The 1000-square-metre space is split into two exhibition halls. Every indoor detail is designed to maximize the experience of observing art in person. In addition, the space is open to the public only by appointment in order to achieve the best touring experience.
Christie’s, the world's leading art business, had global auction and private sales in 2011 that totaled £3.6 billion/$5.7 billion. Christie’s is a name and place that speaks of extraordinary art, unparalleled service and expertise, as well as international glamour. Founded in 1766 by James Christie, Christie's has since conducted the greatest and most celebrated auctions through the centuries providing a popular showcase for the unique and the beautiful. Christie’s offers over 450 auctions annually in over 80 categories, including all areas of fine and decorative arts, jewellery, photographs, collectibles, wine, and more. Prices range from $200 to over $100 million. Christie's also has a long and successful history conducting private sales for its clients in all categories, with emphasis on Post-War and Contemporary, Impressionist and Modern, Asian Art, Old Masters and Jewellery. Private sales totaled £502 million / $808.6m in 2011, an increase of 44% on the previous year.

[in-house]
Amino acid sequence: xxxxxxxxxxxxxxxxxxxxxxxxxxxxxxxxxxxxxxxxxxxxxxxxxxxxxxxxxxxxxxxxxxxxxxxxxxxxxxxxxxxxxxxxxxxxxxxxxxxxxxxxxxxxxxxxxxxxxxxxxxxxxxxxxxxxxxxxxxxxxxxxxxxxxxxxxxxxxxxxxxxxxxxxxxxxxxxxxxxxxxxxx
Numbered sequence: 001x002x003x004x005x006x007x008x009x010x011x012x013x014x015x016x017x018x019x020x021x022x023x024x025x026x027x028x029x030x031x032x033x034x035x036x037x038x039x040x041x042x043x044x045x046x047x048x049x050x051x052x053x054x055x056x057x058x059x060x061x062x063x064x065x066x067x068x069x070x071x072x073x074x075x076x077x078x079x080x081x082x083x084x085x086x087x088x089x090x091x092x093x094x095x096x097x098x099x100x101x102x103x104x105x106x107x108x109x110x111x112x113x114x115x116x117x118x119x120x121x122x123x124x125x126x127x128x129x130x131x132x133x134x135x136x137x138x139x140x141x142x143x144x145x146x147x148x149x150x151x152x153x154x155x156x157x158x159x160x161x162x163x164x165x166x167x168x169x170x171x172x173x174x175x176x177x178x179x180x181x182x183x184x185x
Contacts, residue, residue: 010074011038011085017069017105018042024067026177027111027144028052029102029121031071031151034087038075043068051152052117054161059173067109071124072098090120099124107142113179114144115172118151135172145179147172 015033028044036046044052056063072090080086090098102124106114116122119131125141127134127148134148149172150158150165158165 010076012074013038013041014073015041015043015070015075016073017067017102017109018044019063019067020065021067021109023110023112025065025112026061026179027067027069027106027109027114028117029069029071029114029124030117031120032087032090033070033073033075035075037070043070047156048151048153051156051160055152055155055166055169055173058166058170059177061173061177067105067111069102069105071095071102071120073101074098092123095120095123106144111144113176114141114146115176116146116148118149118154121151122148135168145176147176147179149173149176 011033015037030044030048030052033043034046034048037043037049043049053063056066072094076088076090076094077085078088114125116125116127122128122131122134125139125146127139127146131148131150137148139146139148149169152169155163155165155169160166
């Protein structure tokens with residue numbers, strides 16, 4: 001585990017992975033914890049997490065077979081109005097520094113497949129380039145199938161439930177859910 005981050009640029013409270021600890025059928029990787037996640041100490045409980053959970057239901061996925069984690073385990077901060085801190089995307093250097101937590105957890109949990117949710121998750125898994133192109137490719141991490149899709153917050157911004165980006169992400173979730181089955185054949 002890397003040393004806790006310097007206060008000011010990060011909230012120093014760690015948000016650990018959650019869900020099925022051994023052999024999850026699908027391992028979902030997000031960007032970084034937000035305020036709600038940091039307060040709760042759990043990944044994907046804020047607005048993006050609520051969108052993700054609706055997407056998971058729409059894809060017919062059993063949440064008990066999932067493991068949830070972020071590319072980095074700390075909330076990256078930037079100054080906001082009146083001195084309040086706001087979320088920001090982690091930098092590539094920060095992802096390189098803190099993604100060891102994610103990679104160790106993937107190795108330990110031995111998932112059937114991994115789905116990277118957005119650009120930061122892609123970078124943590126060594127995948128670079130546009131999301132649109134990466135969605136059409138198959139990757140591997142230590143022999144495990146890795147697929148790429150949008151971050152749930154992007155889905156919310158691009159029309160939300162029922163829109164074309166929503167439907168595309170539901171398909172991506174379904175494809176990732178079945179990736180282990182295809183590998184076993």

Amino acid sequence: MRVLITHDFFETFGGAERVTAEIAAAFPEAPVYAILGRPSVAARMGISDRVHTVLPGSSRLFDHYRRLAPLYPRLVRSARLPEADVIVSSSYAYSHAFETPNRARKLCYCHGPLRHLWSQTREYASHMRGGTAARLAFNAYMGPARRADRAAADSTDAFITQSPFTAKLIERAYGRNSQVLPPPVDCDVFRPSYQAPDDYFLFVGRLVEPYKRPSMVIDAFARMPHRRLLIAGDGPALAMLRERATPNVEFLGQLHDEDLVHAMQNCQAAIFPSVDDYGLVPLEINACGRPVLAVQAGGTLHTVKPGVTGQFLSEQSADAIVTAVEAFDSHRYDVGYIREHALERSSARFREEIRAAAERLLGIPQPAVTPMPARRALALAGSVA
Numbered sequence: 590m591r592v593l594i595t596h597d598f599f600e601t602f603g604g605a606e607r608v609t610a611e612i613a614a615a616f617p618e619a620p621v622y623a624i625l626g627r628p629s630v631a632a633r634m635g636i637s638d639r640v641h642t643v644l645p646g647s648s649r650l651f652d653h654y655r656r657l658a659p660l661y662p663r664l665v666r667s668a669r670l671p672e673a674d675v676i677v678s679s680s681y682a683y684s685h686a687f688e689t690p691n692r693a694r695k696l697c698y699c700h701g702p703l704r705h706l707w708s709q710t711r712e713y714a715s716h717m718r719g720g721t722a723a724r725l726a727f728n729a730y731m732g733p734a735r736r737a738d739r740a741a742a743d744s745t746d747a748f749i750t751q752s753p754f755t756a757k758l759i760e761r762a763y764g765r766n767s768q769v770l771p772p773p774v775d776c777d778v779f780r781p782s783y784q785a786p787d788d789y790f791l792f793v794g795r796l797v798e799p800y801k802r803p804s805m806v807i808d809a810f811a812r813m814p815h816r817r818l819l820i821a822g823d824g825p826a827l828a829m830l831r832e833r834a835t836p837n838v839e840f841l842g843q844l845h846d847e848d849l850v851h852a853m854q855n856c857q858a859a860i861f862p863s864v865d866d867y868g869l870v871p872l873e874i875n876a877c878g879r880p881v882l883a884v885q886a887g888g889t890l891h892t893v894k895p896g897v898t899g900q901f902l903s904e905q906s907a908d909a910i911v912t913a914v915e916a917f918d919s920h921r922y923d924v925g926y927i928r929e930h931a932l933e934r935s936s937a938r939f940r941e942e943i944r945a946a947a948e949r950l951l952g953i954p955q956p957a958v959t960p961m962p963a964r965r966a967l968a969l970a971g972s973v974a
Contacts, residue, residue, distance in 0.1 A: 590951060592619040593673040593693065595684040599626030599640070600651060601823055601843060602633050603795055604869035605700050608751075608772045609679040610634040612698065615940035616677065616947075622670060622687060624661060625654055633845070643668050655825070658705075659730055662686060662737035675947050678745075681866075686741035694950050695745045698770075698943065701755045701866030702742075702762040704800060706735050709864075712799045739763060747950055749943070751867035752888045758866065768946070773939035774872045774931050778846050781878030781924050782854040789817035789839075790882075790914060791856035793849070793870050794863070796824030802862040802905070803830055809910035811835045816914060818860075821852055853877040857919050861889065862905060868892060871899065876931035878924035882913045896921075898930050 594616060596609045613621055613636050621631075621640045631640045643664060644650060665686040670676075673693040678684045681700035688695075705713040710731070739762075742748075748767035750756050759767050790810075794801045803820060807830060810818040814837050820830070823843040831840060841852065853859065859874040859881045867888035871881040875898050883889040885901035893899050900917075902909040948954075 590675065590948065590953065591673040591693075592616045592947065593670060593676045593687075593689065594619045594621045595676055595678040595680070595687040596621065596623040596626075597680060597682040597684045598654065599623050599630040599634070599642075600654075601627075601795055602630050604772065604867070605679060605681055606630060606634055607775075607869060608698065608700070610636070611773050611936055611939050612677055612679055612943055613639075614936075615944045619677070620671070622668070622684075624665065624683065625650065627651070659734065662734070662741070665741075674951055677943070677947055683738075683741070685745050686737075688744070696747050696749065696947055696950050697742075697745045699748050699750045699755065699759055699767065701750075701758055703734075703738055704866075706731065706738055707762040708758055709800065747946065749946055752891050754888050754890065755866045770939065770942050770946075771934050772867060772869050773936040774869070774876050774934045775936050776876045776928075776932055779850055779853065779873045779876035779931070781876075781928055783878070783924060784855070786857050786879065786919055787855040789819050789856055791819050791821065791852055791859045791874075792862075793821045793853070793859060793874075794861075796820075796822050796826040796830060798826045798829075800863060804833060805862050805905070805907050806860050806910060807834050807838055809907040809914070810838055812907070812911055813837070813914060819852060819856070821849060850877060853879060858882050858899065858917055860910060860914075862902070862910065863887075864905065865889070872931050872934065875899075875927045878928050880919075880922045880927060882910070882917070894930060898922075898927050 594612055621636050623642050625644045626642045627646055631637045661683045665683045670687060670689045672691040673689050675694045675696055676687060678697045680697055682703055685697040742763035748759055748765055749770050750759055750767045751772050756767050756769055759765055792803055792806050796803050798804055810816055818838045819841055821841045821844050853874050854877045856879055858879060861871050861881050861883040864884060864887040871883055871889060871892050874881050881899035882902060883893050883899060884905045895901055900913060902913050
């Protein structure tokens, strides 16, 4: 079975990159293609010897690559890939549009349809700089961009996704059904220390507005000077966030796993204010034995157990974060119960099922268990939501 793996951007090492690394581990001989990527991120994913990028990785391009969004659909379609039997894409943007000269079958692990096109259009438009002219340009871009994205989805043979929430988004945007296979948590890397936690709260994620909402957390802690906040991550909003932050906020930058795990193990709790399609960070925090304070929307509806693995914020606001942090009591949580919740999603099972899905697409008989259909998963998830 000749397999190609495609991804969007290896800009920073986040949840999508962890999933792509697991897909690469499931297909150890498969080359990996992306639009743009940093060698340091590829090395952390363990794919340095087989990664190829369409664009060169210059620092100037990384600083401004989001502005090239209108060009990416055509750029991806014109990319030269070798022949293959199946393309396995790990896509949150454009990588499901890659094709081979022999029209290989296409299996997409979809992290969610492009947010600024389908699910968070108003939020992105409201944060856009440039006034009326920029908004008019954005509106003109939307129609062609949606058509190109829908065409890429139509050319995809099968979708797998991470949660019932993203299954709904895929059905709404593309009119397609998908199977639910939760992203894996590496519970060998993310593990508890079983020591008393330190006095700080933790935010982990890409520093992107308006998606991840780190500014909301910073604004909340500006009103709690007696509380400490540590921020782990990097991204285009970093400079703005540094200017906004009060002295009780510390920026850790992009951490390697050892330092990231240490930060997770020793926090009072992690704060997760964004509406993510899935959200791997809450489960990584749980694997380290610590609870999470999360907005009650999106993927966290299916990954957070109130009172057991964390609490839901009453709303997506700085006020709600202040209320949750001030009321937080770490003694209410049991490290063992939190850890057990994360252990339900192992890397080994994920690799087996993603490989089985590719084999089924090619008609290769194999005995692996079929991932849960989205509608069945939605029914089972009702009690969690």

Christie’s has a global presence with 53 offices in 32 countries and 10 salerooms around the world including in London, New York, Paris, Geneva, Milan, Amsterdam, Dubai, Zürich, and Hong Kong. More recently, Christie’s has led the market with expanded initiatives in growth markets such as Russia, China, India and the United Arab Emirates, with successful sales and exhibitions in Beijing, Mumbai and Dubai.
With a presence in Hong Kong for 25 years, 16 years in Beijing, and 43 years in Japan, the company has a strong tradition of promoting Asian works of art and other international categories across the region. In 2011, Asian Art became the firm’s second largest collecting category by sales, with £552.9 million / $890.1 million in global sales.
About Adelson Galleries
For over 40 years, Adelson Galleries has handled some of the finest American paintings to come to market, placing works in major private collections as well as leading public institutions. Distinguished for his expertise in the fields of American Impressionism, Realism and Modernism, the gallery was founded in 1965 by Warren Adelson. Warren has been dealing with the Wyeth family since 1974.